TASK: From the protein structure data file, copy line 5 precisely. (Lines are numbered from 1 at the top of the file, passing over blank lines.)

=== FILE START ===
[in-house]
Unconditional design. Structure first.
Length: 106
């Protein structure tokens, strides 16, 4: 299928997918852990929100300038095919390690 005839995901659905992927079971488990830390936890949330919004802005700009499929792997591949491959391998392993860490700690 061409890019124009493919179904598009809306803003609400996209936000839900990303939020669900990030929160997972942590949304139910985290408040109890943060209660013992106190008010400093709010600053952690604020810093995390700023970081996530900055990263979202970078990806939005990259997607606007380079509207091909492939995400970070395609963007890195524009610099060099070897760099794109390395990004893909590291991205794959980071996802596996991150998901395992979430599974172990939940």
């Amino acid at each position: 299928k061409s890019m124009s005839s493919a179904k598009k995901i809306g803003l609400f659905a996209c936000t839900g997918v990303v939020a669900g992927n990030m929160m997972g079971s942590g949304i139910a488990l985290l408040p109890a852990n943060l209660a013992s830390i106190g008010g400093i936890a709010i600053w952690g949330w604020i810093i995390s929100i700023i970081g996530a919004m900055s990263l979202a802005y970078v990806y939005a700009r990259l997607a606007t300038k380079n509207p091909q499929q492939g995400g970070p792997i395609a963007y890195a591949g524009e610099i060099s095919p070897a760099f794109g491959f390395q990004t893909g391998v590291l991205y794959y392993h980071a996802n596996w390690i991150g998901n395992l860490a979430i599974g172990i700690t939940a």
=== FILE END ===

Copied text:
């Amino acid at each position: 299928k061409s890019m124009s005839s493919a179904k598009k995901i809306g803003l609400f659905a996209c936000t839900g997918v990303v939020a669900g992927n990030m929160m997972g079971s942590g949304i139910a488990l985290l408040p109890a852990n943060l209660a013992s830390i106190g008010g400093i936890a709010i600053w952690g949330w604020i810093i995390s929100i700023i970081g996530a919004m900055s990263l979202a802005y970078v990806y939005a700009r990259l997607a606007t300038k380079n509207p091909q499929q492939g995400g970070p792997i395609a963007y890195a591949g524009e610099i060099s095919p070897a760099f794109g491959f390395q990004t893909g391998v590291l991205y794959y392993h980071a996802n596996w390690i991150g998901n395992l860490a979430i599974g172990i700690t939940a």